New Delhi -°C
Today in New Delhi, India

Sep 18, 2019-Wednesday



Select city

Metro cities - Delhi, Mumbai, Chennai, Kolkata

Other cities - Noida, Gurgaon, Bengaluru, Hyderabad, Bhopal , Chandigarh , Dehradun, Indore, Jaipur, Lucknow, Patna, Ranchi

Wednesday, Sep 18, 2019

Asian Games 2018: Indian athletes end campaign with best showing in 40 years

Indian athletes won two gold medals at the Asian Games 2018 on Thursday, taking their gold medals to seven and the total tally to 19 (10 silver and two bronze), their best ever performance since the 1978 Bangkok Games, and the third best performance overall.

asian-games-2018 Updated: Aug 31, 2018 10:25 IST
Ajai Masand
Ajai Masand
Hindustan Times, Jakarta
India's Jinson Johnson celebrates winning the final of the men's 1500m athletics event during the 2018 Asian Games in Jakarta on August 30, 2018.
India's Jinson Johnson celebrates winning the final of the men's 1500m athletics event during the 2018 Asian Games in Jakarta on August 30, 2018. (AFP)

Some of the best and most enduring moments were witnessed this week as Indian athletes, high on energy, gave it their all, as the six-day athletics programme at the Asian Games 2018 concluded with a strong message being sent out — that India was not willing to accept defeat anymore. (Day 13 of Asian Games 2018 LIVE)

The 4x400m women’s relay quartet was a bundle of joy. Dead tired and sweating profusely, had someone told them to do 10 victory laps, Hima Das, MR Poovamma, Sarita Gayakwad and VK Vismaya would have obliged.

After clinching India’s fifth consecutive Asian Games relay title in a row in 3:28.72 secs — and dealing a crushing blow on Bahrain’s imported athletes — they celebrated as if there was no tomorrow.

Kerala boy Jinson Johnson made it look so simple in the end in 1500m, it seemed as if he was drawing energy from the huge crowd gathered at the GBK Stadium. With a time of 3:44.72, he was a good one second ahead of silver-medallist from Iran, Amir Moradi.


The Indian men’s 4x400m relay quartet of Dharun Ayyasamy, P Kunhu Muhammed, Muhammed Anas and Rajiv Arokia used the last reserves of their energy to win silver with a time of 3:01.85 min.

Discus thrower Seema Antil, all keyed up to defend her title at the Games, was, however, let down by a spur in her right foot which has been troubling her since the Gold Coast Commonwealth Games.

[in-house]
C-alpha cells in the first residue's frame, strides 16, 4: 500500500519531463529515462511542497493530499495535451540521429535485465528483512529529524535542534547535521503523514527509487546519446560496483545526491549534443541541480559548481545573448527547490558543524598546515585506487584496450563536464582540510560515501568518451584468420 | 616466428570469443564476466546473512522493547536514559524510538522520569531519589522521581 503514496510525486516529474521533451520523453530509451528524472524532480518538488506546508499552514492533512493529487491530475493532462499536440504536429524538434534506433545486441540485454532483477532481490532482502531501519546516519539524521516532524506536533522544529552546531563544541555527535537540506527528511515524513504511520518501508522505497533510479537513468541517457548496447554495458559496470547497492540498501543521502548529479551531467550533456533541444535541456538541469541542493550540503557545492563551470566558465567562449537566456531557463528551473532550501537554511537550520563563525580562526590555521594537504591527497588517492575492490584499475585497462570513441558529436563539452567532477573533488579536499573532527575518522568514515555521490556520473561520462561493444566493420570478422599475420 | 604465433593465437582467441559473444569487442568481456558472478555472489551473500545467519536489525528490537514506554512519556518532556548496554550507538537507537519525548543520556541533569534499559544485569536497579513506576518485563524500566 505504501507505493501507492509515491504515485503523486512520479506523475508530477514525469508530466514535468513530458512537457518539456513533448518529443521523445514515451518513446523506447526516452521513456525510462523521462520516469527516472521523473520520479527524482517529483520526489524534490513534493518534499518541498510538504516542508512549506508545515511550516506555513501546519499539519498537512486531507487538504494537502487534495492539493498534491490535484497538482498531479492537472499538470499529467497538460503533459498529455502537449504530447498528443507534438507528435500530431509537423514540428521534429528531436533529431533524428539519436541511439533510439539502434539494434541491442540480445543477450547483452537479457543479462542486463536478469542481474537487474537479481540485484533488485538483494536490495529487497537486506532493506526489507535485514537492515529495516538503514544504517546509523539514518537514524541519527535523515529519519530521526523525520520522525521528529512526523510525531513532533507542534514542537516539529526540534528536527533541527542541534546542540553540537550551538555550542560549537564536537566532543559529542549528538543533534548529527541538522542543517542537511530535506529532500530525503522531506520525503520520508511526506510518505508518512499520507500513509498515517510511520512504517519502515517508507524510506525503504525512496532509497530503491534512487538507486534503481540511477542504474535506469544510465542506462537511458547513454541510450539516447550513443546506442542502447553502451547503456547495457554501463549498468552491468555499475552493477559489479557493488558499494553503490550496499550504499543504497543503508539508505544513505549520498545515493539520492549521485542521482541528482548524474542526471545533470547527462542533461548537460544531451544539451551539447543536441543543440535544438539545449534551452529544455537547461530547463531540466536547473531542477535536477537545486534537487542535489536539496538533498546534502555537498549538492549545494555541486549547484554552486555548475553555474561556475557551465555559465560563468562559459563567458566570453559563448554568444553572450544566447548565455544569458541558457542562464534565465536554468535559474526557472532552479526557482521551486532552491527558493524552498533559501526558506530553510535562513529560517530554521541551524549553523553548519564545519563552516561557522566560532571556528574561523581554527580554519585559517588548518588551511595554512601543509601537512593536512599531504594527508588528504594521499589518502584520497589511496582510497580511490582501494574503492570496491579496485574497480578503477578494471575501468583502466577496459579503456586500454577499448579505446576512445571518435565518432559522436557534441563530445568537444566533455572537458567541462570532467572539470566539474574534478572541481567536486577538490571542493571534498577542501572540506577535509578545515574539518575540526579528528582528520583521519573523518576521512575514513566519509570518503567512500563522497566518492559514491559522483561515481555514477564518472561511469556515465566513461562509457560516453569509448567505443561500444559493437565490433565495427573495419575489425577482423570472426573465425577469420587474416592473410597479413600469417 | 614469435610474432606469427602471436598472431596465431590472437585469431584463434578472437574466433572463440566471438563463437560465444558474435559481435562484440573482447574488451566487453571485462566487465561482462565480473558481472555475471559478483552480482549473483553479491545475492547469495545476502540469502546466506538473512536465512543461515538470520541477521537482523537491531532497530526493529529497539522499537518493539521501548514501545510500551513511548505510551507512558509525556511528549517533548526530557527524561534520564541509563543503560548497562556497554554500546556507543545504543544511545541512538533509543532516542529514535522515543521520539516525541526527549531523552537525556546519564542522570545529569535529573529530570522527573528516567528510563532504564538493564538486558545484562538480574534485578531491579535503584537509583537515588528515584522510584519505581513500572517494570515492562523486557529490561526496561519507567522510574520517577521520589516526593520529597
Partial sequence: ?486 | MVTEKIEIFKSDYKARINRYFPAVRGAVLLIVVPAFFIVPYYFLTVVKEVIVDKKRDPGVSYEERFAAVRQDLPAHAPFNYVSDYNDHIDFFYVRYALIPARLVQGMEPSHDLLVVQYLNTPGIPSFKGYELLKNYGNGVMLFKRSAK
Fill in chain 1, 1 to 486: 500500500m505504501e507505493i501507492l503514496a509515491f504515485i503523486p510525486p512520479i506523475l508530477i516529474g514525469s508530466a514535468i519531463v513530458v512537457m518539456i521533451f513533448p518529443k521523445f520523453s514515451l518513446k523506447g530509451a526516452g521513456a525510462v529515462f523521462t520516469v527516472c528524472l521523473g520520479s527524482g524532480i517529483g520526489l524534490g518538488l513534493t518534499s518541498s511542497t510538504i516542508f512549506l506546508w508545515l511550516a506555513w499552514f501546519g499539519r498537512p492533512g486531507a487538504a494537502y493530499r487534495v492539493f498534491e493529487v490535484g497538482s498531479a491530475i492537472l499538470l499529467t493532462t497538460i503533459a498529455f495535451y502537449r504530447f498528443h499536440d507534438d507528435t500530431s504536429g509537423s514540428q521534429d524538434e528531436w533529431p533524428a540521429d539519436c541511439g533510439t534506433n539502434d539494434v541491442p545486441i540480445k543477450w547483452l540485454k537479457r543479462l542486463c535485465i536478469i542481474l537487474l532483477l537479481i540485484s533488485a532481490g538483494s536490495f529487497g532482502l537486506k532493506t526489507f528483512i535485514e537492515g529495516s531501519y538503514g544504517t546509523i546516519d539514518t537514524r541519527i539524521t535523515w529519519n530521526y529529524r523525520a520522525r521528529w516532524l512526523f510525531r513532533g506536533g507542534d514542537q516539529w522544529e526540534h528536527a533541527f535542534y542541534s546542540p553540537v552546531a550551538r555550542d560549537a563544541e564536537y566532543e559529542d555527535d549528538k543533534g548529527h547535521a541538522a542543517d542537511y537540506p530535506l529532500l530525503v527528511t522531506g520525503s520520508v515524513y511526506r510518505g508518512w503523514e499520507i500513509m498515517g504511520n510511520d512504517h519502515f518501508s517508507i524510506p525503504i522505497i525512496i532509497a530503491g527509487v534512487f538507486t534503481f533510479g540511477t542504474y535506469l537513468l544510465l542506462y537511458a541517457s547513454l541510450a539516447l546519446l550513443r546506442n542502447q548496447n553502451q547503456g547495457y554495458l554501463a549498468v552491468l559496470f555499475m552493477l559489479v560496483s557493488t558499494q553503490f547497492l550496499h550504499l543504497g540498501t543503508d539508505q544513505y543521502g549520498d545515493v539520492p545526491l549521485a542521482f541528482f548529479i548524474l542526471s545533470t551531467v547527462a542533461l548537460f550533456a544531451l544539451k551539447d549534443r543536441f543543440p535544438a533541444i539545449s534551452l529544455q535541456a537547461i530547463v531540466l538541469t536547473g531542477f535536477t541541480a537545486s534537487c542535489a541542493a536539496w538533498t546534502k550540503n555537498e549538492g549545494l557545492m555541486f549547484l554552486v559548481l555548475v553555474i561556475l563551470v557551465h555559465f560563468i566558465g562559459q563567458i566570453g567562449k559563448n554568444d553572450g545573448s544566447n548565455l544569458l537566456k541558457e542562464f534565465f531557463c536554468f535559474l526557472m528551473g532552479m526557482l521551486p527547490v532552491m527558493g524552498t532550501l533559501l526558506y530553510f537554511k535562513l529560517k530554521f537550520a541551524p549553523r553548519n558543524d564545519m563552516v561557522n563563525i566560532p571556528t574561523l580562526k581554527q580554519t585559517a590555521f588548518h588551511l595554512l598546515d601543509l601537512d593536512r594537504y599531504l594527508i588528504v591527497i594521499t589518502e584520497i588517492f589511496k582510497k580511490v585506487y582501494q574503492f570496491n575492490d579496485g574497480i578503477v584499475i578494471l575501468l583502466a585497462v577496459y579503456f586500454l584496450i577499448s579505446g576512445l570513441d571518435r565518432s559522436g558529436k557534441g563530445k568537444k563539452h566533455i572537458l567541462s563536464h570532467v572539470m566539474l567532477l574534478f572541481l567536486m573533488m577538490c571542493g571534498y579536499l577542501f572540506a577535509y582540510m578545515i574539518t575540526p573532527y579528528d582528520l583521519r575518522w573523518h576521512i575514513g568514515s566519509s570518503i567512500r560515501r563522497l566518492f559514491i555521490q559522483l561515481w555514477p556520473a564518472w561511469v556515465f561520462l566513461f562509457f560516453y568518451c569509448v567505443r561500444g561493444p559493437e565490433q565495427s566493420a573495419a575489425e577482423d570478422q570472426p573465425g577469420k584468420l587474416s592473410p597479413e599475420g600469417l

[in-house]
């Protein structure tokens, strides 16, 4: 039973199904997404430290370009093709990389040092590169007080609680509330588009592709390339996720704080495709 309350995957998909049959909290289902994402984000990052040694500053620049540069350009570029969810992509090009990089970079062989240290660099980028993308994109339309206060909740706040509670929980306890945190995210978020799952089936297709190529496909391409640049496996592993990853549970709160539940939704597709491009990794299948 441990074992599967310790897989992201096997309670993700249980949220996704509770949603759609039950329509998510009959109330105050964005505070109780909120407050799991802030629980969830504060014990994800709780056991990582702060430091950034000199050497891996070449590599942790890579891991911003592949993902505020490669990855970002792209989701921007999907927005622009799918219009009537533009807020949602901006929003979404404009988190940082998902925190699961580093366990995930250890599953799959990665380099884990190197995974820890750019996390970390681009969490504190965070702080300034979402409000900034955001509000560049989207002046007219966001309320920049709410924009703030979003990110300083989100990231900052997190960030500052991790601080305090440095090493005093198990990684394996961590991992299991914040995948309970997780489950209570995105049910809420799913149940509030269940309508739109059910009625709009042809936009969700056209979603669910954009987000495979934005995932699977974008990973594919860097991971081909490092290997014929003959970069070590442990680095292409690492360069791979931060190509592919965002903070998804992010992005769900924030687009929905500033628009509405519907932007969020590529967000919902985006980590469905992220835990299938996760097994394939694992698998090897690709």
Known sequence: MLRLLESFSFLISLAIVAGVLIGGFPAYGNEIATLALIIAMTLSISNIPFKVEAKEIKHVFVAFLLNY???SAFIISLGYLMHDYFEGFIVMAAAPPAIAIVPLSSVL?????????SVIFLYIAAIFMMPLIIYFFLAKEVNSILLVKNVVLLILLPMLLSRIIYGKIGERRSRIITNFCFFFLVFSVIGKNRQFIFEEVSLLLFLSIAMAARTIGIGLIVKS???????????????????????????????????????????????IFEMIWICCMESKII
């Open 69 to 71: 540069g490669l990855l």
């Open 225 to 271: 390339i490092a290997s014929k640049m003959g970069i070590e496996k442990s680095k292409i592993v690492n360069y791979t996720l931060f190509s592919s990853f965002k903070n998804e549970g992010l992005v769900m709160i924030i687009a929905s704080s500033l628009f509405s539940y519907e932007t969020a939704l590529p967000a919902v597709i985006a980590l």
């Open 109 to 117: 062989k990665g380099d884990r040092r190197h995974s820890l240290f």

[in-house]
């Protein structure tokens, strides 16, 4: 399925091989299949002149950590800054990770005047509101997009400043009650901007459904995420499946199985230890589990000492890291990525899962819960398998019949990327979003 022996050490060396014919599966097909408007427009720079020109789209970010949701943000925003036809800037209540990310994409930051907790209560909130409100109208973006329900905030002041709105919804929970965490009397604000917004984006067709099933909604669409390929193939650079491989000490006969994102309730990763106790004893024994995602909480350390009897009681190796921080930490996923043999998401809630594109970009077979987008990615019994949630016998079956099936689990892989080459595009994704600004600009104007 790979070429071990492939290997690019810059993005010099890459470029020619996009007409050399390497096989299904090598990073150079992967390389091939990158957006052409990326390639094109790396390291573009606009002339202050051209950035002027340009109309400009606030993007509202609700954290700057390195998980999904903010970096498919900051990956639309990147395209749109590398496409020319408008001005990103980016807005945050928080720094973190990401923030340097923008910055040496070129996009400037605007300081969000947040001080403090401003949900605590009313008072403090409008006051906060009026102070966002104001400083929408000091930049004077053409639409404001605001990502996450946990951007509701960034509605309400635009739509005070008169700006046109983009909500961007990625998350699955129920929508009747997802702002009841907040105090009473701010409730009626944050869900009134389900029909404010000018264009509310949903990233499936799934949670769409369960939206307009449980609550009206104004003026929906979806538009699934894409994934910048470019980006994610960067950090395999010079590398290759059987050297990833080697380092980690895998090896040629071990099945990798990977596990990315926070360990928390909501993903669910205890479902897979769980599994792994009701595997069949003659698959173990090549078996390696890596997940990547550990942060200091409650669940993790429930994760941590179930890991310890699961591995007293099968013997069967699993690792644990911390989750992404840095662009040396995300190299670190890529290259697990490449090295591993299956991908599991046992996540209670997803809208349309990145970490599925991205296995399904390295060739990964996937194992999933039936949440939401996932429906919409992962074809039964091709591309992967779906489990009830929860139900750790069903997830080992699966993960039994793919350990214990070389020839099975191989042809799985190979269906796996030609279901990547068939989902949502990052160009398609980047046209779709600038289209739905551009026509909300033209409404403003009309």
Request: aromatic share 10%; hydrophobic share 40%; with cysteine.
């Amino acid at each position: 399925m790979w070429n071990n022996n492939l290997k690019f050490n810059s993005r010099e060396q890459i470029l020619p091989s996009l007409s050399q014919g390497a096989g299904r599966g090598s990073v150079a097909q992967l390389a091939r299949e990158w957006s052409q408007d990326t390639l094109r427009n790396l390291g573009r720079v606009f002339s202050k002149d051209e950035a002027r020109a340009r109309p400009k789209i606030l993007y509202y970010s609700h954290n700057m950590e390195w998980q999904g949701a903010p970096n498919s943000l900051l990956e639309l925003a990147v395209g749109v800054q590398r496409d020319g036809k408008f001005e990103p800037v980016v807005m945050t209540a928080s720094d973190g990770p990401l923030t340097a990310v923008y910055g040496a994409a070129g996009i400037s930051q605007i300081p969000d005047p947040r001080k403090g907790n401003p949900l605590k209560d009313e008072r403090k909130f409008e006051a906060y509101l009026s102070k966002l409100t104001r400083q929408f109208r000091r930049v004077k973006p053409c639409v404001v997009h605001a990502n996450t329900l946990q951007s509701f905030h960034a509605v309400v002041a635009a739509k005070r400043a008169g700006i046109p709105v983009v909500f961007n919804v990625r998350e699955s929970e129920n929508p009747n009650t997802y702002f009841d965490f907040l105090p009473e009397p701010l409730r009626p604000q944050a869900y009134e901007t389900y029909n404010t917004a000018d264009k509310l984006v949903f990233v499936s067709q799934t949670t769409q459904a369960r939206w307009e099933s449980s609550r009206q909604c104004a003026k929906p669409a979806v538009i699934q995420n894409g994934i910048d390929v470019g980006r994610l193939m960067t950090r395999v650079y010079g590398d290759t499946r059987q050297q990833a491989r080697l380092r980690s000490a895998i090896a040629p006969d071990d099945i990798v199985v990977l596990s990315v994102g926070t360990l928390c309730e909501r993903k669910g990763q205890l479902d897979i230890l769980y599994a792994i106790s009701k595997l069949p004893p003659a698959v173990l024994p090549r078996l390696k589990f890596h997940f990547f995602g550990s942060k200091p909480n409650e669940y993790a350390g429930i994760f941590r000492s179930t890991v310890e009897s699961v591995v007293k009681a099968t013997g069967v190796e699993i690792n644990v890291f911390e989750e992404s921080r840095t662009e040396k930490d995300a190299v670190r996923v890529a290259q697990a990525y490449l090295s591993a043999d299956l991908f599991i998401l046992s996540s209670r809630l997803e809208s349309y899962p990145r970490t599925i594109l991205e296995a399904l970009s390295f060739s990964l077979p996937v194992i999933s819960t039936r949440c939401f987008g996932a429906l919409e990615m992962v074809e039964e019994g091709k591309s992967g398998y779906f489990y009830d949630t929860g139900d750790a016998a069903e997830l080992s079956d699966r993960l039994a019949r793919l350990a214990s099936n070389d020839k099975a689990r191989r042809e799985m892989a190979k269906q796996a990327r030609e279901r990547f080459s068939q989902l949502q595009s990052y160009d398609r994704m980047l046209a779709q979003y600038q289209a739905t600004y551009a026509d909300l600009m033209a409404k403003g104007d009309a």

Unfortunately, the tempo was lost after her poor first throw of 58.51 and following that she couldn’t do much against the menacing Chinese competitors, Chen Yang (65.12 metres) and Feng Bin (64.25), who finished first and second respectively, pushing the seasoned thrower to third spot.

The slim PU Chitra was only too happy to win her maiden Asian Games medal in 1500m, her toothy smile saying it all. Hailing from Palakkad in Kerala, she timed 4:12.56, not her personal best but good enough for bronze. Bahrain’s Kalkidan Befkadu and Belay Tigist finished one-two, clocking 4:07.88 and 4:09.12.

As the track and field events concluded on Thursday, India had a haul of seven gold, 10 silver and two bronze.


The women’s 4x400m team’s strategy was to beat the Bahrain athletes at their game — speed. Hima Das was chosen as the first runner and the strategy worked.

By the time she handed the baton to seasoned Poovamma, India were leading by more than one and-a-half seconds, courtesy her timing of 52.13.

Poovamma ran an even more inspired race clocking 52.07. Though Sarita Gayakwad and VK Vismaya slackened, the initial momentum had done the job.

Johnson from Kerala was the leader of the pack and had “conserved enough energy” for the last 80 metres to ensure a medal after he had faltered in the last 50 metres in 800m two days back to give the gold to Manjit Singh.

“It is a sweet revenge for me,” said Johnson, who overcame a late push from Moradi to win in 3:44.72 minutes. Manjit finished a distant fourth, clocking 3:46.57.

However, as the day’s proceedings ended, one felt sad for Seema Punia — for the sheer amount of flak she has taken over the years and still managed to win gold at Incheon and bronze here. So, is retirement on the cards, someone asked. “Definitely not,” replied Seema.

First Published: Aug 31, 2018 10:14 IST